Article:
In a case almost too shocking to comprehend, a veteran nurse is suing Kaiser hospitals over how the company dealt with her breast cancer diagnosis and treatment. According to her complaint, Kaiser fired her after subjecting her to hostile mockery and took actions that directly put her health at risk.
Since at least the Civil War, the federal government has passed a number of laws intended to protect the rights of people who serve in our military -- including their right to return to their civilian jobs when their service is complete. Most recently Congress passed the Uniformed Services Employment and Reemployment Rights Act, or USERRA, in 1994. The law requires employers to reinstate veterans, military reservists, and federally-activated members of the National Guard to their jobs when they return from duty -- and that applies to reserve training, as well.
Veteran sports columnist T.J. Simers has filed a shocker of a lawsuit against the Los Angeles Times. The 63-year-old writer had been writing three columns a week for the Times after working at the paper for more than two decades. Now, after what sound like serious breaches of journalistic ethics and a campaign of illegal retaliation, he is suing the paper for disability and age discrimination that, he claims, unfairly ended his career.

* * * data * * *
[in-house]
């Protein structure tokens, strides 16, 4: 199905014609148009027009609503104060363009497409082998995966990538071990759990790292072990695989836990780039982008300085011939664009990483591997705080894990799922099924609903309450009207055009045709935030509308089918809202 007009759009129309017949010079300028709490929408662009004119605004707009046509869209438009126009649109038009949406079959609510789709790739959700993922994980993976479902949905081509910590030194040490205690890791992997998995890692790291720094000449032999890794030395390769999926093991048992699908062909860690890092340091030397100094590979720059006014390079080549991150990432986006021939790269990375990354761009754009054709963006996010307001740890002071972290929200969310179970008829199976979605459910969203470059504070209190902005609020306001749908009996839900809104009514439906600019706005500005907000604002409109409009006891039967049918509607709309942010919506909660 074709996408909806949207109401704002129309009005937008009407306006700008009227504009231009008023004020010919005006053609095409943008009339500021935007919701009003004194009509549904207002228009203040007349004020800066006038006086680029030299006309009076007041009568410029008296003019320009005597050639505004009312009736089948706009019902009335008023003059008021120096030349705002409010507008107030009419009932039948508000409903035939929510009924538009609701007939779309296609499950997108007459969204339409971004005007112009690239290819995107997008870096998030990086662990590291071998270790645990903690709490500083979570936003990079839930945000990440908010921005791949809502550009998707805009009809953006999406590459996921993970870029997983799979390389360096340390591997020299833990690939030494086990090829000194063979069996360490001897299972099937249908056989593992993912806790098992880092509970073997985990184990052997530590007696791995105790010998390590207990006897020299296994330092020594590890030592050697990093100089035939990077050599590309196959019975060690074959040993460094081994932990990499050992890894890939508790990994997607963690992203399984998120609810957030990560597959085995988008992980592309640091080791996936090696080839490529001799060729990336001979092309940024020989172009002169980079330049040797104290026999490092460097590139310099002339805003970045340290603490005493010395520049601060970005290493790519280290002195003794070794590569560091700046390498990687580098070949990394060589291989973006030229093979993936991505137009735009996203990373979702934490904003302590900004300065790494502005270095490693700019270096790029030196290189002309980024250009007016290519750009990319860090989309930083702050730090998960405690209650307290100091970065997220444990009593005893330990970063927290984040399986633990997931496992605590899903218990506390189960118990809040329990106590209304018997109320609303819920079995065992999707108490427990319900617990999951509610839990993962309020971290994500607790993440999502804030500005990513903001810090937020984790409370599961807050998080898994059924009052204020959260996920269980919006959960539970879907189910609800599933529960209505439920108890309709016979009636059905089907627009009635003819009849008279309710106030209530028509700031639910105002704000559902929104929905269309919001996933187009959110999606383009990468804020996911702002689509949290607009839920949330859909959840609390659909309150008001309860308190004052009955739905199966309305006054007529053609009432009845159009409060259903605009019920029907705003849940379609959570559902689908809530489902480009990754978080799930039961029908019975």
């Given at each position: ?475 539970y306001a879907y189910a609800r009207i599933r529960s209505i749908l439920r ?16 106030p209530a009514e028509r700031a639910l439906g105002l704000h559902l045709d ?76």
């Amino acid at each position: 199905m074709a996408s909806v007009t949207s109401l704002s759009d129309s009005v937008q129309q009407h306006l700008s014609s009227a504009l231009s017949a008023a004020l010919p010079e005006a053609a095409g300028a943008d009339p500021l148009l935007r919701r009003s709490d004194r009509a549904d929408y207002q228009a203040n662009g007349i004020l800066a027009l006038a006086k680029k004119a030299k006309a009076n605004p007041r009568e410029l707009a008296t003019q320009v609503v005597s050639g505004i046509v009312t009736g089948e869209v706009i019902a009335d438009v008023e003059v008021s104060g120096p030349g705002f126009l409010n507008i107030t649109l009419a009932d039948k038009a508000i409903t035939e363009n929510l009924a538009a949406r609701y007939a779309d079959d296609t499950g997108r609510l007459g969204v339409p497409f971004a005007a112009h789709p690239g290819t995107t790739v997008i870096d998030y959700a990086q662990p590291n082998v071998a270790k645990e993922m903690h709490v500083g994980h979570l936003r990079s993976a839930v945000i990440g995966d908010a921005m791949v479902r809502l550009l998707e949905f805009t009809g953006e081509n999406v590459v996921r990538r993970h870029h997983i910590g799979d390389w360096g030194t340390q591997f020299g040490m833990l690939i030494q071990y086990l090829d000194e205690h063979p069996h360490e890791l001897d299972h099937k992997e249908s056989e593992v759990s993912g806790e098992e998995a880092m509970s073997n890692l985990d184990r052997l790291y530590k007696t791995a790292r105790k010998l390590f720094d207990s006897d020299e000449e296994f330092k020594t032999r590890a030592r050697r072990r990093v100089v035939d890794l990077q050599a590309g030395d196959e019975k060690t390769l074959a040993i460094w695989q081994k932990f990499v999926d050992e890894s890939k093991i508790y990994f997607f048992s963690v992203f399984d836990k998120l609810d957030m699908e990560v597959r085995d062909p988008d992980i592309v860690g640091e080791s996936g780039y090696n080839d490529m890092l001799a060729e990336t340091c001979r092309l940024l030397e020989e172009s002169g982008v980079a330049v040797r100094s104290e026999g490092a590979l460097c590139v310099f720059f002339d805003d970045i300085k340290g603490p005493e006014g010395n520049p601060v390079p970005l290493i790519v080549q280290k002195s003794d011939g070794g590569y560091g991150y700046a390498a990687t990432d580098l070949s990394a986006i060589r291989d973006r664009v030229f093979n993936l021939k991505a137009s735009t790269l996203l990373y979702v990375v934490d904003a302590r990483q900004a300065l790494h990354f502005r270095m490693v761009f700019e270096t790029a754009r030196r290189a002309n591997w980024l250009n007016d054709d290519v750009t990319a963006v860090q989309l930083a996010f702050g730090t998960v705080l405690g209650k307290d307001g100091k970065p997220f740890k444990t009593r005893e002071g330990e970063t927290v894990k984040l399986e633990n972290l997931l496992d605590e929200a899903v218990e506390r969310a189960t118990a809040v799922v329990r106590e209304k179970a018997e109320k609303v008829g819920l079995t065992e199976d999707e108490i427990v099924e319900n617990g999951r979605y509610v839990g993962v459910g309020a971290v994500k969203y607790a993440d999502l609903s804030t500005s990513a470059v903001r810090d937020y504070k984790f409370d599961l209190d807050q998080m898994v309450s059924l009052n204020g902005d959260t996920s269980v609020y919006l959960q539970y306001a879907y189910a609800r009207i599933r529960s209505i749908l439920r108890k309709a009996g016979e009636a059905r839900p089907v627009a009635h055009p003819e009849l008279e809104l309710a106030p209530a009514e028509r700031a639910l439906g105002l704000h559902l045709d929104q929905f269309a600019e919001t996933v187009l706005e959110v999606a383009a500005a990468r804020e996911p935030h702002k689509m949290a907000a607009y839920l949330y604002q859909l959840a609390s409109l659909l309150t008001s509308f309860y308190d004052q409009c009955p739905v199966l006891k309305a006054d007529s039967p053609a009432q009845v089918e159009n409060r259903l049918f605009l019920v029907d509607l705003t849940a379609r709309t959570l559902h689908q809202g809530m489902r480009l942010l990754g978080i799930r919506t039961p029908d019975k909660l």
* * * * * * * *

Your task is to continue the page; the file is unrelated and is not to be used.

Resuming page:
Dr. Benjamin Kaufman, one of the founders of a controversial gay conversion-therapy organization has apparently begun consulting for at least one state agency, the California Air Resources Board, or CARB.
In 1968, the Commonwealth of Pennsylvania passed a state constitutional amendment requiring all of its commissioned judges to retire at age 70. Surprisingly, that doesn’t mean the judges can’t continue to work, but it apparently does mean they don’t get paid as much. Last year, a group of judges challenged Pennsylvania’s mandatory retirement amendment as a form of age discrimination. They filed lawsuits claiming the law violated their rights under the Equal Protection clauses of the Pennsylvania and federal constitutions.